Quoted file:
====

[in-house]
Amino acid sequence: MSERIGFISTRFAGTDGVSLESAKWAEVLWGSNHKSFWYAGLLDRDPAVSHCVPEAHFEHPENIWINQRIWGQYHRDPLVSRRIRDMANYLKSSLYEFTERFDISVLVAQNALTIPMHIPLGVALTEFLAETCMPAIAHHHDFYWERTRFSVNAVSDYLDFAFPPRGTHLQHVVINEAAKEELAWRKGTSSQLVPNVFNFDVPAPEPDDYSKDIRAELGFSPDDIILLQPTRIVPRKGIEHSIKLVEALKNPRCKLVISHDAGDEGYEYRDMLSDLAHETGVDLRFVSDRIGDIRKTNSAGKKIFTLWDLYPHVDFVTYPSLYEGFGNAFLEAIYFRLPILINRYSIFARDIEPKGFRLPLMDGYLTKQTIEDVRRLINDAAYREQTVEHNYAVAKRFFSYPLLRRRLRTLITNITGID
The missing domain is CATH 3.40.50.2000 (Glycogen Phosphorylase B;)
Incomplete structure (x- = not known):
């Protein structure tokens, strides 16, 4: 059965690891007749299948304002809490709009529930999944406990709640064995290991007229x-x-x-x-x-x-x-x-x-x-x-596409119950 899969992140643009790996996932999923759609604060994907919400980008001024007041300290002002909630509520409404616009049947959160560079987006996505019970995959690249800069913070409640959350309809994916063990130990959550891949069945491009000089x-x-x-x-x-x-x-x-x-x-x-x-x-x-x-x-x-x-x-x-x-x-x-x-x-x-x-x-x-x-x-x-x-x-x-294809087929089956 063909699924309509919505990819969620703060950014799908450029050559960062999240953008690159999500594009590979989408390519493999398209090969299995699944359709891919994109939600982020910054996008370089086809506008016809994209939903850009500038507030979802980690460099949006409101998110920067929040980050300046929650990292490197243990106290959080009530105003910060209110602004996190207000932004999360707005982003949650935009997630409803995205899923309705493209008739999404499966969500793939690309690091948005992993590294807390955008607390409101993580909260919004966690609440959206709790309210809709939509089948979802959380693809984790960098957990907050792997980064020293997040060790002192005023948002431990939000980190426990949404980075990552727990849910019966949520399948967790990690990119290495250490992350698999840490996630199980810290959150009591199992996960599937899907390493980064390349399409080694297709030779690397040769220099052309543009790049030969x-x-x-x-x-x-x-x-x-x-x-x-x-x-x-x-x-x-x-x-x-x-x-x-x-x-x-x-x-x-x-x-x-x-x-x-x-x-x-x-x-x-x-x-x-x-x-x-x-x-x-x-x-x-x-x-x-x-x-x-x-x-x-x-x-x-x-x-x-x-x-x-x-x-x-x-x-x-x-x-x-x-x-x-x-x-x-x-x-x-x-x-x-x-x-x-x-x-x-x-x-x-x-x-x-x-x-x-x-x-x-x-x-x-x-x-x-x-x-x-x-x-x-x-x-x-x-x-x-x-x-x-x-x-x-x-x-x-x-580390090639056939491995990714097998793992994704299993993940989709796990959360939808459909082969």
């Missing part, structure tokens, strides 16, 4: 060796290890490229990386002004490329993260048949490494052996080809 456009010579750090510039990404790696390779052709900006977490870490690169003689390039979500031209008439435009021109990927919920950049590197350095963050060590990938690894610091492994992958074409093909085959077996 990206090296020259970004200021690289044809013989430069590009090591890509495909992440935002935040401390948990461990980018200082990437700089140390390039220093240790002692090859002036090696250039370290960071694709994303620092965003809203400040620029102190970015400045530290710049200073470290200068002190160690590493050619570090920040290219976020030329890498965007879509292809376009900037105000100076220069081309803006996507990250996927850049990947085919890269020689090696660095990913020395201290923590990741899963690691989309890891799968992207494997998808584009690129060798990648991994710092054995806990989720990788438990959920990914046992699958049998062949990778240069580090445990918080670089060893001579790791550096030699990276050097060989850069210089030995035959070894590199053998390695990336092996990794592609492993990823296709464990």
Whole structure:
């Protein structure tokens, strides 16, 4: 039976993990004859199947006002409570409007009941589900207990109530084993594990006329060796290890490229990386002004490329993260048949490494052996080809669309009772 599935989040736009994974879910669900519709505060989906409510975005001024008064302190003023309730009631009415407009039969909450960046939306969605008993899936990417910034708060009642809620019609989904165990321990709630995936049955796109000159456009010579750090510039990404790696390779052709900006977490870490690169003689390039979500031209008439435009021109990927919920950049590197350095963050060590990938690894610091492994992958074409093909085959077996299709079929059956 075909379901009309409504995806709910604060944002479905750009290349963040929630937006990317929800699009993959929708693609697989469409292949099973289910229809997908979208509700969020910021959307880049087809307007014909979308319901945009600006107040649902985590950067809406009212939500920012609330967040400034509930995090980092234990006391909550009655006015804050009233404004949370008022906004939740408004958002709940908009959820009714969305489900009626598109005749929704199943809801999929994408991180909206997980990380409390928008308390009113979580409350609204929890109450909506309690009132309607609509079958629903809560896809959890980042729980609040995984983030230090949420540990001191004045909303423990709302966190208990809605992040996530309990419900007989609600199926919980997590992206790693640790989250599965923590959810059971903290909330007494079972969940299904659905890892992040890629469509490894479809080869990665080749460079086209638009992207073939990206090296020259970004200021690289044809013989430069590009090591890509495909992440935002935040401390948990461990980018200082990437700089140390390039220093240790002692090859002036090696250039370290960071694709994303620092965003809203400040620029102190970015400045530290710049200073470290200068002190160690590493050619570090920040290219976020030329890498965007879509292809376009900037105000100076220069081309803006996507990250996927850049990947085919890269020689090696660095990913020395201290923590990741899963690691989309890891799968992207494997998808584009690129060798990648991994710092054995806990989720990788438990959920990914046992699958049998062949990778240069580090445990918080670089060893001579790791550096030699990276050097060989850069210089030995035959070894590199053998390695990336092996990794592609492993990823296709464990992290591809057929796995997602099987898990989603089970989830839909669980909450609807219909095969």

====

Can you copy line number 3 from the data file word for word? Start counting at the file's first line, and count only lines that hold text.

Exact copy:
The missing domain is CATH 3.40.50.2000 (Glycogen Phosphorylase B;)